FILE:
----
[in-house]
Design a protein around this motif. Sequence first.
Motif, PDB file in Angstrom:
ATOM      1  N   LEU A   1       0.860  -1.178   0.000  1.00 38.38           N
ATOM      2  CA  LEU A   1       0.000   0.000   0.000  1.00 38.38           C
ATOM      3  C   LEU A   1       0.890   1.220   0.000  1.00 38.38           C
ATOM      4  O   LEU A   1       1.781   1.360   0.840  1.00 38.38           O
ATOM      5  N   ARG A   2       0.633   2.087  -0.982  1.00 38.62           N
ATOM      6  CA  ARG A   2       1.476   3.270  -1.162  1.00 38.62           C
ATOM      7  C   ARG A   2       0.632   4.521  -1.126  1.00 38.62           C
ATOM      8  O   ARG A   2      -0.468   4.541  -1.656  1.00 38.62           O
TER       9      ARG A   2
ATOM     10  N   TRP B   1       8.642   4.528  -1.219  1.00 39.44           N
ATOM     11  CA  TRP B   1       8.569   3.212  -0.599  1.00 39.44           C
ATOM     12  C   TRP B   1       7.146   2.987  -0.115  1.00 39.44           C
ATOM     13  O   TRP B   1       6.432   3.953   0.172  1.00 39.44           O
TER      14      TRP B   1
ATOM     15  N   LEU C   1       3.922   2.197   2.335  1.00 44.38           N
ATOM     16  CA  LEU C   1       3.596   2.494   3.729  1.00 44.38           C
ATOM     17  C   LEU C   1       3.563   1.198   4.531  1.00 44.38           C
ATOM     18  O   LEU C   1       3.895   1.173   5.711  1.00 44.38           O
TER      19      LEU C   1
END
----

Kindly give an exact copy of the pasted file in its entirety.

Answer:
[in-house]
Design a protein around this motif. Sequence first.
Motif, PDB file in Angstrom:
ATOM      1  N   LEU A   1       0.860  -1.178   0.000  1.00 38.38           N
ATOM      2  CA  LEU A   1       0.000   0.000   0.000  1.00 38.38           C
ATOM      3  C   LEU A   1       0.890   1.220   0.000  1.00 38.38           C
ATOM      4  O   LEU A   1       1.781   1.360   0.840  1.00 38.38           O
ATOM      5  N   ARG A   2       0.633   2.087  -0.982  1.00 38.62           N
ATOM      6  CA  ARG A   2       1.476   3.270  -1.162  1.00 38.62           C
ATOM      7  C   ARG A   2       0.632   4.521  -1.126  1.00 38.62           C
ATOM      8  O   ARG A   2      -0.468   4.541  -1.656  1.00 38.62           O
TER       9      ARG A   2
ATOM     10  N   TRP B   1       8.642   4.528  -1.219  1.00 39.44           N
ATOM     11  CA  TRP B   1       8.569   3.212  -0.599  1.00 39.44           C
ATOM     12  C   TRP B   1       7.146   2.987  -0.115  1.00 39.44           C
ATOM     13  O   TRP B   1       6.432   3.953   0.172  1.00 39.44           O
TER      14      TRP B   1
ATOM     15  N   LEU C   1       3.922   2.197   2.335  1.00 44.38           N
ATOM     16  CA  LEU C   1       3.596   2.494   3.729  1.00 44.38           C
ATOM     17  C   LEU C   1       3.563   1.198   4.531  1.00 44.38           C
ATOM     18  O   LEU C   1       3.895   1.173   5.711  1.00 44.38           O
TER      19      LEU C   1
END